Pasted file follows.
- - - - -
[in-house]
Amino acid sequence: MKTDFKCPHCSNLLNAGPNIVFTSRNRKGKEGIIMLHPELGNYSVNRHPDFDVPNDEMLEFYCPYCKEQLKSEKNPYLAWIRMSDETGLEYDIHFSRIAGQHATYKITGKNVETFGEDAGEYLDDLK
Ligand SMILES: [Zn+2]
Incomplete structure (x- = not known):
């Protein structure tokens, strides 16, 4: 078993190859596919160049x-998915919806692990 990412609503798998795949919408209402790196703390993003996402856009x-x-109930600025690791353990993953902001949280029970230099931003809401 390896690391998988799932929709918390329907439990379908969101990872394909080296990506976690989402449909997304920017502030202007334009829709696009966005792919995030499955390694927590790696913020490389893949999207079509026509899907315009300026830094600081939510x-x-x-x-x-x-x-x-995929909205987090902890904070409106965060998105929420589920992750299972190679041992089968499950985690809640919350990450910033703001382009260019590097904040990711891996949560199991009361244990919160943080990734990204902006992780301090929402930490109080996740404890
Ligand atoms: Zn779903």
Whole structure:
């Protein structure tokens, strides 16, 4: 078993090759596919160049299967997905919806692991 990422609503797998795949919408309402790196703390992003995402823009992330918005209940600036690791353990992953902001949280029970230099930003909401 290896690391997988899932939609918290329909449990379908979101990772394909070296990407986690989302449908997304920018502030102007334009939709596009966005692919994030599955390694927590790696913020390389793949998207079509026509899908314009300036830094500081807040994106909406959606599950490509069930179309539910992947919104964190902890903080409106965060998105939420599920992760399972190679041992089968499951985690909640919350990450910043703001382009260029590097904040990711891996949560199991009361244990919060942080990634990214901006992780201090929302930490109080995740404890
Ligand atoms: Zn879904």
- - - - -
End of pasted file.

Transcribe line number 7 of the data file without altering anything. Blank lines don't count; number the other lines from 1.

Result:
Whole structure: